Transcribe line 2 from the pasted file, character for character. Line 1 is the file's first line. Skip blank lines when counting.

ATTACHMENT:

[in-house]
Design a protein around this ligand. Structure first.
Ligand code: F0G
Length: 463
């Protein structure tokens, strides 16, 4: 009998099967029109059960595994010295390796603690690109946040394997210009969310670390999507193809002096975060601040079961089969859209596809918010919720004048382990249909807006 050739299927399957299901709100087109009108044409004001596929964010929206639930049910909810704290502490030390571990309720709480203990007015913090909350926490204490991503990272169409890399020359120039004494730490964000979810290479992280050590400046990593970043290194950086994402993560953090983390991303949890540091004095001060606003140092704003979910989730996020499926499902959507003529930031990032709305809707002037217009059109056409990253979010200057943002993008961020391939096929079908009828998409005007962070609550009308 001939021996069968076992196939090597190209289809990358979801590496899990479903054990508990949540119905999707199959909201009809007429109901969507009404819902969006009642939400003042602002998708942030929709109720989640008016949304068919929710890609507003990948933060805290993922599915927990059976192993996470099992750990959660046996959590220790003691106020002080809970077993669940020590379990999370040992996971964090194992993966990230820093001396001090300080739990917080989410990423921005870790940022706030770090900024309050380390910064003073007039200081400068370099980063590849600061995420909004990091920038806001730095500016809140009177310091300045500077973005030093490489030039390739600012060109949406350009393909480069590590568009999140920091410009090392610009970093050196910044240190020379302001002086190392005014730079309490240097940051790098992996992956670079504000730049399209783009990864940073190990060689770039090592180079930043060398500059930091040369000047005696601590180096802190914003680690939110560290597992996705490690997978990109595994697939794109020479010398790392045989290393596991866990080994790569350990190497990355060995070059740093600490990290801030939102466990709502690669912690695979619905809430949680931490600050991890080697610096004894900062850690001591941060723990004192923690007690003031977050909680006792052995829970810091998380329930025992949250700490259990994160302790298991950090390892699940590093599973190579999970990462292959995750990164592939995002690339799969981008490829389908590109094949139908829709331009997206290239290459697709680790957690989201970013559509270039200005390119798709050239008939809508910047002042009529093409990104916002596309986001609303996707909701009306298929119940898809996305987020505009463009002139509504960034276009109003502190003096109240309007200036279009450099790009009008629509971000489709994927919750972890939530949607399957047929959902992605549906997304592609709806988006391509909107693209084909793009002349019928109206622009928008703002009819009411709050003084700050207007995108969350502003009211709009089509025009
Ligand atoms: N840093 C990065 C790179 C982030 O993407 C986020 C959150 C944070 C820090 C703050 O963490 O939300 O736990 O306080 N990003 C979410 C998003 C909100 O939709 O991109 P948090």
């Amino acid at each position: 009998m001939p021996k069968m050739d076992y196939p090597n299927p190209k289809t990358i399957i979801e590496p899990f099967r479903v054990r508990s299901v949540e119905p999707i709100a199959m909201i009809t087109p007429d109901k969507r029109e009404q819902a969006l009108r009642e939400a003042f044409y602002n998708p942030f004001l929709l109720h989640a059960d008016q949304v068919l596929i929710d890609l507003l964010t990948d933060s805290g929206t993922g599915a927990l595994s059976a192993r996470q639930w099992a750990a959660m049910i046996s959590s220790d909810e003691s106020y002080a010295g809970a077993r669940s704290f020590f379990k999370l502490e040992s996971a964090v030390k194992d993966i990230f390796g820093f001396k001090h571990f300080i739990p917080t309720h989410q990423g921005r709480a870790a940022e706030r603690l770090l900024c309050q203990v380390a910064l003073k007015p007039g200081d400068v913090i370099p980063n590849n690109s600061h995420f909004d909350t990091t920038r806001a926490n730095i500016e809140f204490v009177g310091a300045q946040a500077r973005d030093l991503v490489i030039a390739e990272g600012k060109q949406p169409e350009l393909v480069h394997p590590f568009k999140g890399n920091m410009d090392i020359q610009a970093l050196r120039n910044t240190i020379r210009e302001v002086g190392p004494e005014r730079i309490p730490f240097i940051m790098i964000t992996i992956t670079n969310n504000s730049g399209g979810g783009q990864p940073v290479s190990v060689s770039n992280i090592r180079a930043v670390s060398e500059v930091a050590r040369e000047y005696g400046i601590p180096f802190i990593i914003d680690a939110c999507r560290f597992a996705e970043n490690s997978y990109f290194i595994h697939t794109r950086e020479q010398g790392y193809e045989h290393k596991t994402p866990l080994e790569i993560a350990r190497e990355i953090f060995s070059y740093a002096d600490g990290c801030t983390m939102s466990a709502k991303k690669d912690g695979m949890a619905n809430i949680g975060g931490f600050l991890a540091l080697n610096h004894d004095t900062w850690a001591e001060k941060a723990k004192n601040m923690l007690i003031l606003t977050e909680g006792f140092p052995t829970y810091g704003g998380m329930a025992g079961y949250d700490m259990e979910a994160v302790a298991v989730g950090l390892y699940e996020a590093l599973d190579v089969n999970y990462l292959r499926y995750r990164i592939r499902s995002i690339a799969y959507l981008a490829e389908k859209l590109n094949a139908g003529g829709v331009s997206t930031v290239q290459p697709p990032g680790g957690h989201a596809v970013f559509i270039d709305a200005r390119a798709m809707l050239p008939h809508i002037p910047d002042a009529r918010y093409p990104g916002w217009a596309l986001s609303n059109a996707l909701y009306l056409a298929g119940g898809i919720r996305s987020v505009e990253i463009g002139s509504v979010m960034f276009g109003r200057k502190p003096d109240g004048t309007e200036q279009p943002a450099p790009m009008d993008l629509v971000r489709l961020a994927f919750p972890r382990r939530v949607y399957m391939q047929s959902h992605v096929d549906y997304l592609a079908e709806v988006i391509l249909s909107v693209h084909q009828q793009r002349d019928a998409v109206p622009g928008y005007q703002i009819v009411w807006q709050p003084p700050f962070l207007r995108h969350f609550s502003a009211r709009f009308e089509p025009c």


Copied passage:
Design a protein around this ligand. Structure first.